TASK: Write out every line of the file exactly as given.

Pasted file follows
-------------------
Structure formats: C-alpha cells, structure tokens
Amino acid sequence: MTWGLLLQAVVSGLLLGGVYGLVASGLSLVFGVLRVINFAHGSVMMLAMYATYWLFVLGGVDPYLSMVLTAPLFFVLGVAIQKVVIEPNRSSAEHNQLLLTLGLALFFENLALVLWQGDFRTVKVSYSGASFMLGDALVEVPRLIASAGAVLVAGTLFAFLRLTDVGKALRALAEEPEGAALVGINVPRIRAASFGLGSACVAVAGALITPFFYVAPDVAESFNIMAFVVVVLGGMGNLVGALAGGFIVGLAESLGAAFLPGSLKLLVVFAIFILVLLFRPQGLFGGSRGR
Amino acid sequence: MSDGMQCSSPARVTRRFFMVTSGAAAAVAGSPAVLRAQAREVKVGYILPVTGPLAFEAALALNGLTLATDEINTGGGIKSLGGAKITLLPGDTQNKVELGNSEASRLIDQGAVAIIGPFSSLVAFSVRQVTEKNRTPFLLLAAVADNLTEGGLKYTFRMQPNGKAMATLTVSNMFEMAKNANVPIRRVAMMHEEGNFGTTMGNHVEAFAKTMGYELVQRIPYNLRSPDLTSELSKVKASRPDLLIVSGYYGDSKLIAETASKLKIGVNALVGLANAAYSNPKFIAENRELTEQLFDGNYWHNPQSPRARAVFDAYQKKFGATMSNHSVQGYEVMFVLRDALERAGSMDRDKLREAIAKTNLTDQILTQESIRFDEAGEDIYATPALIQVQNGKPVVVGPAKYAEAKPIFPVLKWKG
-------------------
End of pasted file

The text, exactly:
Structure formats: C-alpha cells, structure tokens
Amino acid sequence: MTWGLLLQAVVSGLLLGGVYGLVASGLSLVFGVLRVINFAHGSVMMLAMYATYWLFVLGGVDPYLSMVLTAPLFFVLGVAIQKVVIEPNRSSAEHNQLLLTLGLALFFENLALVLWQGDFRTVKVSYSGASFMLGDALVEVPRLIASAGAVLVAGTLFAFLRLTDVGKALRALAEEPEGAALVGINVPRIRAASFGLGSACVAVAGALITPFFYVAPDVAESFNIMAFVVVVLGGMGNLVGALAGGFIVGLAESLGAAFLPGSLKLLVVFAIFILVLLFRPQGLFGGSRGR
Amino acid sequence: MSDGMQCSSPARVTRRFFMVTSGAAAAVAGSPAVLRAQAREVKVGYILPVTGPLAFEAALALNGLTLATDEINTGGGIKSLGGAKITLLPGDTQNKVELGNSEASRLIDQGAVAIIGPFSSLVAFSVRQVTEKNRTPFLLLAAVADNLTEGGLKYTFRMQPNGKAMATLTVSNMFEMAKNANVPIRRVAMMHEEGNFGTTMGNHVEAFAKTMGYELVQRIPYNLRSPDLTSELSKVKASRPDLLIVSGYYGDSKLIAETASKLKIGVNALVGLANAAYSNPKFIAENRELTEQLFDGNYWHNPQSPRARAVFDAYQKKFGATMSNHSVQGYEVMFVLRDALERAGSMDRDKLREAIAKTNLTDQILTQESIRFDEAGEDIYATPALIQVQNGKPVVVGPAKYAEAKPIFPVLKWKG